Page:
Association for Latin liturgy
Latin Mass (Extraordinary Form)
Christmas Extra – 2020
Let’s not miss the meaning . . .
In The Four Quartets T.S. Eliot says ‘we had the experience but missed the meaning’. This can happen so easily. As an illustration – somewhere in the north of Holland there is a Church where all who entered would bow reverently in the direction of a whitewashed part of the church wall before sitting down. Nobody quite knew why. Then one day the parish decided it was time to clean the walls. While doing the cleaning one of the parishioners discovered some traces of a painting under the whitewash on the wall. Very carefully they peeled away the plaster and paint and discovered a painting of Jesus on the Cross, which was centuries old. Finally they knew why they had been bowing in the direction of the wall, the sign was there all along but the meaning had been forgotten! Let us not fall into that same trap.
As we come to celebrate the Feast of Christmas we see our towns covered in lights, work stops, carols are sung everywhere. It is as if our society were still bowing its head toward a whitewashed wall, the meaning at the heart of the celebrations either forgotten or only half remembered. We are called to see and give witness to what lies at the heart of our celebration. The Lord of heaven and earth, the maker of the stars has become a child for us! We can give witness to this by not celebrating Christmas too early, but when it does come, let us celebrate it fully, let us reclaim the whole of Christmas Season, all the time keeping Christ at the centre. One way we might begin is to light a candle and put it in the window (safely!) on Christmas Eve evening – this is just a reminder to the world that we are celebrating the birth of Christ, the Light of the World. Another way, perhaps, is to make a point of saying grace together as a family and some suggestions are given below. Perhaps, too, we could make a feature of Epiphany, rather than just think of it as the day that the Christmas decorations come down.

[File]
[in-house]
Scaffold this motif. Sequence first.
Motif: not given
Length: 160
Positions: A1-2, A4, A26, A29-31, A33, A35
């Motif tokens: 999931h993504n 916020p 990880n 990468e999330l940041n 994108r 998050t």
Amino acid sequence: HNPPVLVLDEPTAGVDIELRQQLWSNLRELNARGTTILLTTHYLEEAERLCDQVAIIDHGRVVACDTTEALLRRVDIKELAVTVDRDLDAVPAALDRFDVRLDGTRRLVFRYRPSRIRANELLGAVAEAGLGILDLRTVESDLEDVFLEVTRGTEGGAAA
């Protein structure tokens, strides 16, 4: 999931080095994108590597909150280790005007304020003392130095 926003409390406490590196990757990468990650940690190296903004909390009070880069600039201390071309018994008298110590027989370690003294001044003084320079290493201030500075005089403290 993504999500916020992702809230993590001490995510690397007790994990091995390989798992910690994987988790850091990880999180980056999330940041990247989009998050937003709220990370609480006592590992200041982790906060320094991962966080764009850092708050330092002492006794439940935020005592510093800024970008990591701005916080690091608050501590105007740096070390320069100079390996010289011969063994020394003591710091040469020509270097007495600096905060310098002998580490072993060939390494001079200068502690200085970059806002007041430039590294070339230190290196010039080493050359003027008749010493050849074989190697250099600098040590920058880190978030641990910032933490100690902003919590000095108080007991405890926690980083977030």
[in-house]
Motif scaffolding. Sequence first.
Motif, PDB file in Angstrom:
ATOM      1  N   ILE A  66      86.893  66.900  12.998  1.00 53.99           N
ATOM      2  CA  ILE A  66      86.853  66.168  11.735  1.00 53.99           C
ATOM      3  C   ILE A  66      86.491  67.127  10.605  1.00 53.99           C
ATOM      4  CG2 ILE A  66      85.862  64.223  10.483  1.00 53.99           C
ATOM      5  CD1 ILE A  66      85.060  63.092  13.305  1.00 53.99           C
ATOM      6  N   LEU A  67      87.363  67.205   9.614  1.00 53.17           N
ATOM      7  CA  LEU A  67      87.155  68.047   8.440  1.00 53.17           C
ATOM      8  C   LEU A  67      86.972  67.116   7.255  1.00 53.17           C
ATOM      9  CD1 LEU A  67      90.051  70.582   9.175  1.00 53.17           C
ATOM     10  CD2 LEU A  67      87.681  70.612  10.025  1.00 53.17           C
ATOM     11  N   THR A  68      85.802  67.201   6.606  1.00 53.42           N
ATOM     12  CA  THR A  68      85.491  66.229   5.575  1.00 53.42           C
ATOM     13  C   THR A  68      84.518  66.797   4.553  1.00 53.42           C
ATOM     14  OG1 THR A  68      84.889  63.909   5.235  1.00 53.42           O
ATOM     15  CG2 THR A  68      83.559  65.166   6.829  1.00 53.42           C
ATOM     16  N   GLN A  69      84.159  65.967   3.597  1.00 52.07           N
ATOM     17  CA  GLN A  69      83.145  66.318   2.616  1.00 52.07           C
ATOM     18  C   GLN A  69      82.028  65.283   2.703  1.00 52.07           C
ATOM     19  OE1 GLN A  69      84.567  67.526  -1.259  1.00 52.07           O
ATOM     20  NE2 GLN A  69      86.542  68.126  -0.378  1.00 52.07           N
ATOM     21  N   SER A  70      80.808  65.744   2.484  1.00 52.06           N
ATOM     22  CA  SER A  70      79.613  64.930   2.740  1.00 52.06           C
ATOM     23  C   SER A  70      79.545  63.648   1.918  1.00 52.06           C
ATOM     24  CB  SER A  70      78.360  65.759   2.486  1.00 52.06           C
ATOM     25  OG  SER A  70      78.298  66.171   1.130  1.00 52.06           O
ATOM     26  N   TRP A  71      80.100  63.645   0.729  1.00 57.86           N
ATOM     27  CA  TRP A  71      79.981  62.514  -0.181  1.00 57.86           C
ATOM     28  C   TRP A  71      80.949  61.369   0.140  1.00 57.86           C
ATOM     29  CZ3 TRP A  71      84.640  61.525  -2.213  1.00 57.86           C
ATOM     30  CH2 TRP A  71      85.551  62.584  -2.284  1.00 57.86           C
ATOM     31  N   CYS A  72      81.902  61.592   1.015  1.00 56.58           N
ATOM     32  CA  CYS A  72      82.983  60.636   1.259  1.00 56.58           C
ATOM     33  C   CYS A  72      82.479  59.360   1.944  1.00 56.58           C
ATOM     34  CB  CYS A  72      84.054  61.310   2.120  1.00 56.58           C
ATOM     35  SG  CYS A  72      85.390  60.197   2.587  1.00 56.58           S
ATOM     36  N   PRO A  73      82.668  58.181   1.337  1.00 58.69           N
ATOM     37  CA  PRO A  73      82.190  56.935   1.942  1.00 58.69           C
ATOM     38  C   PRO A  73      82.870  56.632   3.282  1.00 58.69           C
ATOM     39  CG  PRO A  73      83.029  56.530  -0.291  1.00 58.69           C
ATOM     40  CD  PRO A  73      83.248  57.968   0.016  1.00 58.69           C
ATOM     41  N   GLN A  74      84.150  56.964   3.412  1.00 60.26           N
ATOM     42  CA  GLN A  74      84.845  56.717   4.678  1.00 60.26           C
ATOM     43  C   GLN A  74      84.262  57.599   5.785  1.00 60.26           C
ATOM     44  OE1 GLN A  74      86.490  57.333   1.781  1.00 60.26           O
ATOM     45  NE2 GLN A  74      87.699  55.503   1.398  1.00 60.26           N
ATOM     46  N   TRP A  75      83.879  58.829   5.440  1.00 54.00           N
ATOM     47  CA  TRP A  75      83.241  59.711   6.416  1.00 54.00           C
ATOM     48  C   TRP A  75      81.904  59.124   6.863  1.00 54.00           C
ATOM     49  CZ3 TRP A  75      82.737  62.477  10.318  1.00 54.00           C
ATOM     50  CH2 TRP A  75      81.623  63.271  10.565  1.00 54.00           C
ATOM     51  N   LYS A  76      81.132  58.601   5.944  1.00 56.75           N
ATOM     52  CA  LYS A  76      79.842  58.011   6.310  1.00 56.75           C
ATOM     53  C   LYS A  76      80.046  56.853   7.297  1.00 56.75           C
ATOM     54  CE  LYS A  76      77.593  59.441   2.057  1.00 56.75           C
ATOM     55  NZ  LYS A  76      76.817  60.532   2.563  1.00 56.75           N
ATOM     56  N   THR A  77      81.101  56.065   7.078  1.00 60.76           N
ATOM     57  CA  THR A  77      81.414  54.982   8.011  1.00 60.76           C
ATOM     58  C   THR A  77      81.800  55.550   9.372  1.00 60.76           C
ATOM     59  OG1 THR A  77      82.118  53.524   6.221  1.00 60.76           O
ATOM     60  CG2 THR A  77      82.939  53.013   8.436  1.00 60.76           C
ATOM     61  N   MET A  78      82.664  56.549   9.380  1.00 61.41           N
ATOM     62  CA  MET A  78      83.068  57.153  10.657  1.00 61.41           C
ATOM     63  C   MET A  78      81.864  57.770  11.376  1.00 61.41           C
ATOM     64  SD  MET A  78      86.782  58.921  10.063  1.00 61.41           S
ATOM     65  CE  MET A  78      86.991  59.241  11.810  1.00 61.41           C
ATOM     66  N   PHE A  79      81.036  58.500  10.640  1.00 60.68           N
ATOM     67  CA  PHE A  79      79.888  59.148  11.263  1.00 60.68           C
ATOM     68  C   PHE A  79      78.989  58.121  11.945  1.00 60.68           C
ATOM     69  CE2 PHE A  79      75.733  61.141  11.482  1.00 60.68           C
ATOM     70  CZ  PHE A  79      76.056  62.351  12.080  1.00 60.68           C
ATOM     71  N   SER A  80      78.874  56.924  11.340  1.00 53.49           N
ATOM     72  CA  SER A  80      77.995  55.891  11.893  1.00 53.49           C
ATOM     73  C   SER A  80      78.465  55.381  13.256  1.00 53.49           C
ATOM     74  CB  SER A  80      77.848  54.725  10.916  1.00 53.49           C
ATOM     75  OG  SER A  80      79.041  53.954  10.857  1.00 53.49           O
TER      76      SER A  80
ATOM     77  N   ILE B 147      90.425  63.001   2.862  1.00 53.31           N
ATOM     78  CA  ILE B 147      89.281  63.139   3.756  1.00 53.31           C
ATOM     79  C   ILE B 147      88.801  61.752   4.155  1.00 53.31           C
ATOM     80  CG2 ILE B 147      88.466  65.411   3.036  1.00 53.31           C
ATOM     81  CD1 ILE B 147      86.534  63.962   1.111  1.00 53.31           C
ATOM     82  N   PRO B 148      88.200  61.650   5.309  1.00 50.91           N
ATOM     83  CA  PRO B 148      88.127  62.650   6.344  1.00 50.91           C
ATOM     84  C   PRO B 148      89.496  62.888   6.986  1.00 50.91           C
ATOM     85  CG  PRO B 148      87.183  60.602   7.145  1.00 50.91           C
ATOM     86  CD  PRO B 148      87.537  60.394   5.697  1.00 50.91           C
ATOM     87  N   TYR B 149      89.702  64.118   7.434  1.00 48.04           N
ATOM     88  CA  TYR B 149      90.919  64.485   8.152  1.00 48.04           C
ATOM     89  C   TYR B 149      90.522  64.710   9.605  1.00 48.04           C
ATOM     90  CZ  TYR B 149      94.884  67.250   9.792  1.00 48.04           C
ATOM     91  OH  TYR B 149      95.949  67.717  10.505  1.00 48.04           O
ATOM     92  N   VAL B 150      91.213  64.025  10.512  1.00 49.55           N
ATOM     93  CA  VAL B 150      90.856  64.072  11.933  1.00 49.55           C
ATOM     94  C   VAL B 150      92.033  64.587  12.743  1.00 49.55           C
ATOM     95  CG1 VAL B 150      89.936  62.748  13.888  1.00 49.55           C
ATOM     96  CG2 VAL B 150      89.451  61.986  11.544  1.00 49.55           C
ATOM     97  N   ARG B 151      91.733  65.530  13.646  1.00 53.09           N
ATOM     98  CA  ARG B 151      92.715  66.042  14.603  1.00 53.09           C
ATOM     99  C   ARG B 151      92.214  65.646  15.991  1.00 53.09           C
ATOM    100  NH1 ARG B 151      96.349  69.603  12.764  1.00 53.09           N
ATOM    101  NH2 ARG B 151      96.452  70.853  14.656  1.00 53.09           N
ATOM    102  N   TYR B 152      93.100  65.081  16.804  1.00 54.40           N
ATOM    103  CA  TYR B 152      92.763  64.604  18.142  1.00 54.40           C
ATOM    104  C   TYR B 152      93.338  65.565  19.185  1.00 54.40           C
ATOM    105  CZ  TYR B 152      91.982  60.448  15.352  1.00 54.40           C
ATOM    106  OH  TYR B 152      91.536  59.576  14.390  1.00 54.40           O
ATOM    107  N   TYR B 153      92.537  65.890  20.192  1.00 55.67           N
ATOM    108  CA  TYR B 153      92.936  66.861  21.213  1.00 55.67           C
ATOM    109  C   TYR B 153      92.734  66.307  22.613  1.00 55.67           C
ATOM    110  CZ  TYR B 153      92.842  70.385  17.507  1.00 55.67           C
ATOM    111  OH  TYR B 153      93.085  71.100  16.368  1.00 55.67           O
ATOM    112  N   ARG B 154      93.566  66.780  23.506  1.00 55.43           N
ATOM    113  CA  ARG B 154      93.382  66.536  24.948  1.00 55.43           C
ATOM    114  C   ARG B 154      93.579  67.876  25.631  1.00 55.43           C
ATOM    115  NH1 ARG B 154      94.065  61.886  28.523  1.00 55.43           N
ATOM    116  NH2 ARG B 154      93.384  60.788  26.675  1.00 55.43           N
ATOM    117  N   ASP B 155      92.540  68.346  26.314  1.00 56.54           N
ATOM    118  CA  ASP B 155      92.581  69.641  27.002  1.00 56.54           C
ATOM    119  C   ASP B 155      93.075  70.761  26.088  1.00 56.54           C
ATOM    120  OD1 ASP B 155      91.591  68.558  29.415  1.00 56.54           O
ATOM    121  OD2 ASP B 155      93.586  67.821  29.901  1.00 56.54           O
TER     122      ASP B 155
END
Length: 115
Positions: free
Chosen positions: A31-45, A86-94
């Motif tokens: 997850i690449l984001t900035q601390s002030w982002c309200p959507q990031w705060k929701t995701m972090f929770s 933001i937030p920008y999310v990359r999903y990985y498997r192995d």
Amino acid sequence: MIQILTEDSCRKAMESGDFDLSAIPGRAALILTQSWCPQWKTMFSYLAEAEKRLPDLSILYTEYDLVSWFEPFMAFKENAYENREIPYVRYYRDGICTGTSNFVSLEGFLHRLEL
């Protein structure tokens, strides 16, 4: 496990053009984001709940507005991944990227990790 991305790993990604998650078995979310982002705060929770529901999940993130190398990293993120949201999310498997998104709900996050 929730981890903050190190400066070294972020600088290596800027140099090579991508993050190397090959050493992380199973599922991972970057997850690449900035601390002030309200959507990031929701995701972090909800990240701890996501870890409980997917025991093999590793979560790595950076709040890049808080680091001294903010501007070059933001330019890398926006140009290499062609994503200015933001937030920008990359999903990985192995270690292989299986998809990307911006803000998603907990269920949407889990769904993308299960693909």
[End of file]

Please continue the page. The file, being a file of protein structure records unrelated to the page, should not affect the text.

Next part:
We might also remember that the Church gives us a Christmas Octave (eight days, from 25 December to 1 January). Many of us want to go to Mass on Christmas Eve or Christmas Day but this year, for whatever reason, it may not be possible. However, if we do want to celebrate Christmas liturgically we could always attend Mass on any of those eight days in order to enter into the Mystery of the Incarnation. Each day of the Octave is in itself a ‘Christmas Day’. There’s more on Octaves below and we thank Catherine Christmas of Arundel & Brighton Diocese for her contribution to this.
Click here for a printable version of this newsletter.
The Christmas Octave
How many times over the years have we found ourselves saying “Christmas is a season, not just a day!”? The commercial signs of Christmas arrive in our shops and on our TV screens predictably early every year and, against this background, we try to keep our resolve to celebrate the Advent season fully in our homes, schools and parishes, waiting in stillness and joyful expectation, preparing our hearts to welcome Christ our Redeemer.
As this challenging year draws to a close, many people have put up their trees and decorations earlier than ever as an antidote to the gloom and despondency of the pandemic and the most recent lockdown, to bring cheer, lift spirits, brighten the darkness; so the world around us will probably be even more ready than usual to move on as soon as Christmas Day is over. The government has allowed us a five-day Christmas exemption from restrictions, but the Church is ever-generous and gives us the great gift of an Octave to celebrate and enter into the mystery of the Incarnation – the Word made flesh who came to dwell among us – and the season of Christmas Time to celebrate Christ’s first manifestations – his Epiphany, incorporating the visit of the Magi, his baptism in the Jordan, and his first miracle at Cana (not just the twelve days of Christmas in the carol).
So what are octaves (from the Latin octo, meaning ‘eight’)? Centuries ago, the Church understood the human need for more than a single day to contemplate the mysteries celebrated in the greatest solemnities of the liturgical year: the empty tomb, and Christ’s birth, which marks the beginning of the paschal mystery of our salvation. After the initial wonder, we need time to ponder and reflect on these mysteries and what God is revealing on these holy days, and to enter more deeply into the experience – a period of mystagogia. And so began the custom of extending the celebration of certain major feasts, including Easter and Christmas, across eight days. The feast day itself is the first day of the octave, followed by six ‘days within the octave’. The eighth day is called the Octave Day and is kept with greater solemnity than the ‘days within the octave’ but lesser than the original feast. (‘Octave’ can refer both to the eighth day and to the period of eight days.)